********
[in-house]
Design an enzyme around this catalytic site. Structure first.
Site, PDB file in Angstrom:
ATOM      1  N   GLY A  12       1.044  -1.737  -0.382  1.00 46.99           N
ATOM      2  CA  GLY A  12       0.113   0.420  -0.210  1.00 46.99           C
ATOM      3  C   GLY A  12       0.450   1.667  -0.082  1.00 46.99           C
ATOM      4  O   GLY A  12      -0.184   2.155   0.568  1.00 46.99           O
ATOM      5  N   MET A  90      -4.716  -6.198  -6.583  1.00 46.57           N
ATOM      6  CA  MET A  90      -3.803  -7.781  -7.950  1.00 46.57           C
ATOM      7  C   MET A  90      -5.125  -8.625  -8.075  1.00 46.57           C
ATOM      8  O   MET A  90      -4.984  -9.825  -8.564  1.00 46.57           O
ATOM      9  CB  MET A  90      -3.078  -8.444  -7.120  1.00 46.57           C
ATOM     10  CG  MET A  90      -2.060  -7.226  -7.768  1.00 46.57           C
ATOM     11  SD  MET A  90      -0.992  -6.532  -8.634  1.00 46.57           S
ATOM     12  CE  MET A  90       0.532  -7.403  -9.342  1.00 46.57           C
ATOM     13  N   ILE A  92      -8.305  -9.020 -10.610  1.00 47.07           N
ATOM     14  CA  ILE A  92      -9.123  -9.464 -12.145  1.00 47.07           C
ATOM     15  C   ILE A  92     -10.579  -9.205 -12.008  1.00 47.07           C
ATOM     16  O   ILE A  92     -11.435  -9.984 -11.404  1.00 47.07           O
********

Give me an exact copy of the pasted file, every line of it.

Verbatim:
[in-house]
Design an enzyme around this catalytic site. Structure first.
Site, PDB file in Angstrom:
ATOM      1  N   GLY A  12       1.044  -1.737  -0.382  1.00 46.99           N
ATOM      2  CA  GLY A  12       0.113   0.420  -0.210  1.00 46.99           C
ATOM      3  C   GLY A  12       0.450   1.667  -0.082  1.00 46.99           C
ATOM      4  O   GLY A  12      -0.184   2.155   0.568  1.00 46.99           O
ATOM      5  N   MET A  90      -4.716  -6.198  -6.583  1.00 46.57           N
ATOM      6  CA  MET A  90      -3.803  -7.781  -7.950  1.00 46.57           C
ATOM      7  C   MET A  90      -5.125  -8.625  -8.075  1.00 46.57           C
ATOM      8  O   MET A  90      -4.984  -9.825  -8.564  1.00 46.57           O
ATOM      9  CB  MET A  90      -3.078  -8.444  -7.120  1.00 46.57           C
ATOM     10  CG  MET A  90      -2.060  -7.226  -7.768  1.00 46.57           C
ATOM     11  SD  MET A  90      -0.992  -6.532  -8.634  1.00 46.57           S
ATOM     12  CE  MET A  90       0.532  -7.403  -9.342  1.00 46.57           C
ATOM     13  N   ILE A  92      -8.305  -9.020 -10.610  1.00 47.07           N
ATOM     14  CA  ILE A  92      -9.123  -9.464 -12.145  1.00 47.07           C
ATOM     15  C   ILE A  92     -10.579  -9.205 -12.008  1.00 47.07           C
ATOM     16  O   ILE A  92     -11.435  -9.984 -11.404  1.00 47.07           O